After stabilization of contractile performance, muscles were subjected to a 5-min treatment interval (fig. 1). During this treatment interval, muscles were alternatively pretreated with 100 nm N6-cyclohexyladenosine (CHA;fig. 1C), an adenosine A1agonist, or with anoxic preconditioning (APc) by bubbling the organ bath with 95% N2–5% CO2instead of 95% O2–5% CO2(fig. 1B) to simulate ischemia. These pretreatments were also repeated in the presence of 0.3 μm glibenclamide, a KATPchannel antagonist, or 10 nm (with APc) or 100 nm (with CHA) 8-cyclopentyl-1,3-dipropylxanthine (DPCPX), an A1antagonist, to determine the role of KATPchannels and A1receptors, respectively. These concentrations of drugs were similar to those used in previous in vitro studies. 14,21,22DPCPX and glibenclamide treatments were also administered alone as controls.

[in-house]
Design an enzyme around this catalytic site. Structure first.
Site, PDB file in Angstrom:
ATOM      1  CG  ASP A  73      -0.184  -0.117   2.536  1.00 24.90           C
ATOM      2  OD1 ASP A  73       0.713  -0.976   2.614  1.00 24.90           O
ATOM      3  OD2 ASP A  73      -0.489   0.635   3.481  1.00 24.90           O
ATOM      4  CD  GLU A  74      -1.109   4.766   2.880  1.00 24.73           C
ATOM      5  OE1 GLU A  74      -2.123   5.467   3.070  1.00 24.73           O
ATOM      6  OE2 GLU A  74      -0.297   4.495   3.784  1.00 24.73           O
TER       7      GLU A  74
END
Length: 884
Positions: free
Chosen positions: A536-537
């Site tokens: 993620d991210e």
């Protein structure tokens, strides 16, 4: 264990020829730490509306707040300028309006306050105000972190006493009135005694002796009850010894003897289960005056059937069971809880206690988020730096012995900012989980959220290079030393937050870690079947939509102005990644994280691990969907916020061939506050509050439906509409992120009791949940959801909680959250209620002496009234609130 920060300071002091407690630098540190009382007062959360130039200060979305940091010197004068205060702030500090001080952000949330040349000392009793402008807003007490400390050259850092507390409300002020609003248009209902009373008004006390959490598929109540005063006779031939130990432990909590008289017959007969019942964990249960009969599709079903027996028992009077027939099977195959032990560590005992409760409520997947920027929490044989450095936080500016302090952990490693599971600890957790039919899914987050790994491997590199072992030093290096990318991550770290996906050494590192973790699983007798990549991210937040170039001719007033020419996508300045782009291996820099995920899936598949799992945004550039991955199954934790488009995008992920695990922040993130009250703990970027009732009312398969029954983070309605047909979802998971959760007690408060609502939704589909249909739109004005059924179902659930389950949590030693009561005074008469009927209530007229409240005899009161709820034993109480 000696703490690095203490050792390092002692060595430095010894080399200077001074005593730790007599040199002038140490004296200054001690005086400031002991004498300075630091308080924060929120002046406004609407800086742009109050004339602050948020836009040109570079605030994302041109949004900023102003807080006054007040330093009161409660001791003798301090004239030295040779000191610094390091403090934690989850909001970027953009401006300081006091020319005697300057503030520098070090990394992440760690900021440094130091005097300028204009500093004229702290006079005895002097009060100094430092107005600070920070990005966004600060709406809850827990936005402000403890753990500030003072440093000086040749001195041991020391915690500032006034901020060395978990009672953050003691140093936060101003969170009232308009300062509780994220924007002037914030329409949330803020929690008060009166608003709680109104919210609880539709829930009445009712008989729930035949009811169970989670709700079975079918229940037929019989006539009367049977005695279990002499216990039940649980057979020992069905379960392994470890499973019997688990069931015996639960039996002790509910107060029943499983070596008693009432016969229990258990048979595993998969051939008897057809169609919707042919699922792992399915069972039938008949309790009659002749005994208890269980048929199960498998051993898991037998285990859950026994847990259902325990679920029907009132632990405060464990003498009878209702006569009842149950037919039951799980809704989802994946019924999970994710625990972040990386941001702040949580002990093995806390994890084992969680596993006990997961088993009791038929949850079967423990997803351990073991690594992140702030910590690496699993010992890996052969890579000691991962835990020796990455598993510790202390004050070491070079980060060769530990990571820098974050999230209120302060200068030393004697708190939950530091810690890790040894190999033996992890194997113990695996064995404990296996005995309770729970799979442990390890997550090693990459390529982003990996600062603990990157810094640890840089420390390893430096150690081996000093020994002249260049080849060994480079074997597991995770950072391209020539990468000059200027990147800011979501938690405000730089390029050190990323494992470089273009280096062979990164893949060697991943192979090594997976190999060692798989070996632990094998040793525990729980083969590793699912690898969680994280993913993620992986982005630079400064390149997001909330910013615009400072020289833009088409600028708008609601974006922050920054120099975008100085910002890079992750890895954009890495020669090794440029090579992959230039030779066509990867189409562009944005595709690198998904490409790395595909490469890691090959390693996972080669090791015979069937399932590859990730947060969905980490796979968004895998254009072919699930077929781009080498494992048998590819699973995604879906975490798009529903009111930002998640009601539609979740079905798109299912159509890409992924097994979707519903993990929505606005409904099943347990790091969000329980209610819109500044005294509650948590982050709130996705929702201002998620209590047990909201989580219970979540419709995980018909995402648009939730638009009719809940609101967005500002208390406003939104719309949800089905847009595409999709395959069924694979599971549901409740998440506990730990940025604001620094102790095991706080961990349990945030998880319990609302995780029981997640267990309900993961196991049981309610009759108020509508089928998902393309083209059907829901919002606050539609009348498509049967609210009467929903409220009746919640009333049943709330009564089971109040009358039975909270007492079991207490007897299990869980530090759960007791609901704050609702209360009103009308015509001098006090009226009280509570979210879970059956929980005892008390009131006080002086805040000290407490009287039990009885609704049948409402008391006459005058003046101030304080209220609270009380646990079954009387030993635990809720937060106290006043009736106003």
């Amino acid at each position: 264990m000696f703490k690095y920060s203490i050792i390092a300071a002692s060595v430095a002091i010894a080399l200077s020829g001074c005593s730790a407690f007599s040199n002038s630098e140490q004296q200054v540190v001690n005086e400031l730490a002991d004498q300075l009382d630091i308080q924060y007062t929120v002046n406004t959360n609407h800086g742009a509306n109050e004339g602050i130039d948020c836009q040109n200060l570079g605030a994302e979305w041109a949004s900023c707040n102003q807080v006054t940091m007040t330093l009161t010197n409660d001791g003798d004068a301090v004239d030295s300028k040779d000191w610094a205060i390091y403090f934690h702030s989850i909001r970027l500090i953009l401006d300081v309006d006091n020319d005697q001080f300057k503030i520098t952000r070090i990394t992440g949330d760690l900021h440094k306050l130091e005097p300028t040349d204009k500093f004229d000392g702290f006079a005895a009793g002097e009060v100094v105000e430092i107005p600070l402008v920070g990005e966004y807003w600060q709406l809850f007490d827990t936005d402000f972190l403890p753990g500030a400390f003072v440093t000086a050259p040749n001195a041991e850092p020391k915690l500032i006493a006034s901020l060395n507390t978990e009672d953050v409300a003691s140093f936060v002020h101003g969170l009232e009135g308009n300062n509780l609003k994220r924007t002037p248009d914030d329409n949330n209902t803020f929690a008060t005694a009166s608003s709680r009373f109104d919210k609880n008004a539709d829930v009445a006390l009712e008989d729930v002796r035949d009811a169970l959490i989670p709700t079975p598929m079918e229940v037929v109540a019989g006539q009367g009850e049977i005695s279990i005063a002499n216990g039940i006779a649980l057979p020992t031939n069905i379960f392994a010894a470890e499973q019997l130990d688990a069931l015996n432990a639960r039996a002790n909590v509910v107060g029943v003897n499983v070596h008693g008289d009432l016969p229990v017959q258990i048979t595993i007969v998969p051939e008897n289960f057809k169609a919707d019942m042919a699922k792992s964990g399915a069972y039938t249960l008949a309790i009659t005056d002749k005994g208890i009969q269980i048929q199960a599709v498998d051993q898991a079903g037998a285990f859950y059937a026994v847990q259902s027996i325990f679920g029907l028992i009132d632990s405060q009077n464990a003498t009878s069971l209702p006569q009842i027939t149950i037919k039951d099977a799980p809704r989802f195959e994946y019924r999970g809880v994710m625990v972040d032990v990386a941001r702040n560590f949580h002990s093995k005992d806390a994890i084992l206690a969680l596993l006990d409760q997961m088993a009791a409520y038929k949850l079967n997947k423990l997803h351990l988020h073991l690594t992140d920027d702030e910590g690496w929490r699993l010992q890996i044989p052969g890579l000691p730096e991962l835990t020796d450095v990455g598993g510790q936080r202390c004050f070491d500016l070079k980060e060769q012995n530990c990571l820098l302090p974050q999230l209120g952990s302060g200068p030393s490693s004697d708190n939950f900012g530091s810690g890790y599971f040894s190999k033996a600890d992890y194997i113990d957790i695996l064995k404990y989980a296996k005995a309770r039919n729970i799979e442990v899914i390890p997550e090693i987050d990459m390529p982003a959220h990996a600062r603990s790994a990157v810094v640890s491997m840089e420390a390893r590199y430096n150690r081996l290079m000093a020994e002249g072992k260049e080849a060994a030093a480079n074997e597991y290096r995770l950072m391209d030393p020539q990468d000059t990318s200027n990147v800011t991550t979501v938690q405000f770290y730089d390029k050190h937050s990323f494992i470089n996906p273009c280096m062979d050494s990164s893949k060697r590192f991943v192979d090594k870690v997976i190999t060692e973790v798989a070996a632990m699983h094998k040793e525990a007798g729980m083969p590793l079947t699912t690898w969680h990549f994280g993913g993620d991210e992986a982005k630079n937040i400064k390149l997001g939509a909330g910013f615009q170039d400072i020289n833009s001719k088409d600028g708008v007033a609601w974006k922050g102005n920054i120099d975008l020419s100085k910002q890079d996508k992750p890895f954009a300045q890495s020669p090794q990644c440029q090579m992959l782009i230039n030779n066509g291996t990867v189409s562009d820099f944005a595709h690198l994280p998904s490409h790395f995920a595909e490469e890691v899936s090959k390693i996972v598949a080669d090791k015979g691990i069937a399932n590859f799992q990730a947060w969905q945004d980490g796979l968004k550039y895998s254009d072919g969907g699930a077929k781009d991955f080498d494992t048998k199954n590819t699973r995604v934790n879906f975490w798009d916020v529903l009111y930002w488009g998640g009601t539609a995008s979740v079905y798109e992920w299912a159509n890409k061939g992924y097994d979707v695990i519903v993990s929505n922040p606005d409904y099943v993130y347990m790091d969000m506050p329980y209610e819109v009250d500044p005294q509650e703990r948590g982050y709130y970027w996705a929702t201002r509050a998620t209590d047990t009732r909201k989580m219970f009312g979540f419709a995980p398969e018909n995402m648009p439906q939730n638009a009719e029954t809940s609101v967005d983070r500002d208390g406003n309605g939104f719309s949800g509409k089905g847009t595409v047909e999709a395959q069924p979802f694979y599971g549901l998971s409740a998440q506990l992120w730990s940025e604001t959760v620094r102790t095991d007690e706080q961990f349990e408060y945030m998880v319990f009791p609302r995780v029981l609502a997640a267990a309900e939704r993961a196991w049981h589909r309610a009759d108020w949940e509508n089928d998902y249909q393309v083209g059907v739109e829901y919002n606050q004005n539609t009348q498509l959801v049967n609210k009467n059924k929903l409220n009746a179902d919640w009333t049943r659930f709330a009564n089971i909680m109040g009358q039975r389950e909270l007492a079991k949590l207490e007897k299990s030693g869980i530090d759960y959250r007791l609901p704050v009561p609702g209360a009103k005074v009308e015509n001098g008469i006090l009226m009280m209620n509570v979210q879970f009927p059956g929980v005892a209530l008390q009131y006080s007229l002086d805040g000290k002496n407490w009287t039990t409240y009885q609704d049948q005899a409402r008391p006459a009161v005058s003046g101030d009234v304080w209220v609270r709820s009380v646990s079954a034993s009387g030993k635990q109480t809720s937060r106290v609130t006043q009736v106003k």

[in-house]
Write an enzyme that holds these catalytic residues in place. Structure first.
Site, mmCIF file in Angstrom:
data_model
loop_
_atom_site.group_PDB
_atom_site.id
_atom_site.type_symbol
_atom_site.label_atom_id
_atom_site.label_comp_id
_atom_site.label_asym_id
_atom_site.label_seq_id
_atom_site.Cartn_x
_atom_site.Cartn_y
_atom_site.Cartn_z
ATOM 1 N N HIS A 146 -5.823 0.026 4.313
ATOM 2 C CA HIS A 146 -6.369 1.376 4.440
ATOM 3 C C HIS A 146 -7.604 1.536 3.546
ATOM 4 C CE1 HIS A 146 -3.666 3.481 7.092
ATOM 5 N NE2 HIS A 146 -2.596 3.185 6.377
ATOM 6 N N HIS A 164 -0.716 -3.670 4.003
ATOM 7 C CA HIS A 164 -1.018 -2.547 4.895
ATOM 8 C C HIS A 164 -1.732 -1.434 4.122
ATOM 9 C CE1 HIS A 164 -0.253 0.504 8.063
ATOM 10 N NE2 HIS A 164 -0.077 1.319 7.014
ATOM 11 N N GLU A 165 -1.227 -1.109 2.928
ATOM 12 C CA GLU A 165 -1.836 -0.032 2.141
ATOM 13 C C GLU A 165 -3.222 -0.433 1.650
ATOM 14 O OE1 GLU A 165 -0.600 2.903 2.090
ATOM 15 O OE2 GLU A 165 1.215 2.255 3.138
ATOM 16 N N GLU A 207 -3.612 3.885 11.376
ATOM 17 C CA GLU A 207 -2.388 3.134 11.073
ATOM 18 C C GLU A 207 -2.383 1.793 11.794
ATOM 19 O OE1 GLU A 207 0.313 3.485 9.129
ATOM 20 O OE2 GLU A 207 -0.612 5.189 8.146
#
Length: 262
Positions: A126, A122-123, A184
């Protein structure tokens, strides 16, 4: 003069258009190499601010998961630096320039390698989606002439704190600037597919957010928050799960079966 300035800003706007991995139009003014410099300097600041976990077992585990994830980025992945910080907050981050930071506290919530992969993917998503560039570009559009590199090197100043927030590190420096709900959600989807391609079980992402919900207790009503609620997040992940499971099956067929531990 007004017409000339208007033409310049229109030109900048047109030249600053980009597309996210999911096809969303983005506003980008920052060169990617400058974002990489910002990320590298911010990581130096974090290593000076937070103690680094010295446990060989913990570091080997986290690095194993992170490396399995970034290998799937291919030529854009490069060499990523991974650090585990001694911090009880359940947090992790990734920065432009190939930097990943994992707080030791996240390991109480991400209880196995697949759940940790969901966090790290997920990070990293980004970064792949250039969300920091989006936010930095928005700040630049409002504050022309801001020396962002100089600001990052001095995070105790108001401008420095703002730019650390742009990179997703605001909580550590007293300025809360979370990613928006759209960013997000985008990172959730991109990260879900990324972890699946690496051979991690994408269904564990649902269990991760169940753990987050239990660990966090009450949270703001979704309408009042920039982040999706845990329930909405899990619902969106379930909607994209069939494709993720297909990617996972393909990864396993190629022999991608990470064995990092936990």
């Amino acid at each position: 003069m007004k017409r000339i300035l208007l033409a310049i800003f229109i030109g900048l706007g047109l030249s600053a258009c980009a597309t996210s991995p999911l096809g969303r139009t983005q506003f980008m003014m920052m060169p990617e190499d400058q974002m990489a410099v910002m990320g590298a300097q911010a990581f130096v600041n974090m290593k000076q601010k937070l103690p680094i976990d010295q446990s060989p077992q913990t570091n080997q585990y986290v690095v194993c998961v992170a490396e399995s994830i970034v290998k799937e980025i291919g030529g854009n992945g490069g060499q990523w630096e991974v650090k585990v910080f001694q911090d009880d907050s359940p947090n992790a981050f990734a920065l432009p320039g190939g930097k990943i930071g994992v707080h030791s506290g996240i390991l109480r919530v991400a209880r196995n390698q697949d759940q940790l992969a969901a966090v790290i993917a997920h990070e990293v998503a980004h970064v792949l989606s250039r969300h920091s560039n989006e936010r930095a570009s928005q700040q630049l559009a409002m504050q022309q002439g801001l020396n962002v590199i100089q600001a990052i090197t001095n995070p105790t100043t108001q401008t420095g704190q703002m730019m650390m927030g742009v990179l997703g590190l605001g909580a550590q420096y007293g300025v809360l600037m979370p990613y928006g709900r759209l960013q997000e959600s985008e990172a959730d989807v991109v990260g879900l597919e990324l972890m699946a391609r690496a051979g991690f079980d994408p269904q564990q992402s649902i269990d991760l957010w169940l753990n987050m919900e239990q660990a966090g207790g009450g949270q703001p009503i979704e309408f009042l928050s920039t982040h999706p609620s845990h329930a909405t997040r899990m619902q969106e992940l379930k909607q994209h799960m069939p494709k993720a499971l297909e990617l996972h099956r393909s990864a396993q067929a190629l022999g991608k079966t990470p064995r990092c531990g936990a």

In anesthetic treatment groups, 1% halothane or 1.2% isoflurane was delivered to the organ chamber for 5 min either in 95% O2–5% CO2(fig. 1C) to determine the effect of prior exposure to anesthetic alone, or in 95% N2–5% CO2(fig. 1B) to determine interaction of anesthetics with preconditioning anoxia. The specific carrier gas was passed through a calibrated anesthetic vaporizer to produce the stated vapor concentration. The vapor concentrations used resulted in aqueous concentrations of 0.23 mm halothane and 0.26 mm isoflurane, which approximates the aqueous concentration at 37°C achieved by 1 minimum alveolar concentration of halothane (0.75%) or isoflurane (1.3%). Anesthetic treatments were also performed in the presence of 0.3 μm glibenclamide and 10 nm DPCPX (fig. 1C). Muscles that served as time control or those subjected only to the subsequent anoxic insult alone (nonpreconditioned) received no treatment during this initial 5-min interval (fig. 1A). At the end of the treatment (time 5 min) and after a washout, a 15-min interval followed during which no treatments were administered. Next, muscles in all groups (except control) were made anoxic by replacing 95% O2–5% CO2with 95% N2–5% CO2in the buffer for 30 min, followed by a 60-min oxygenated recovery period.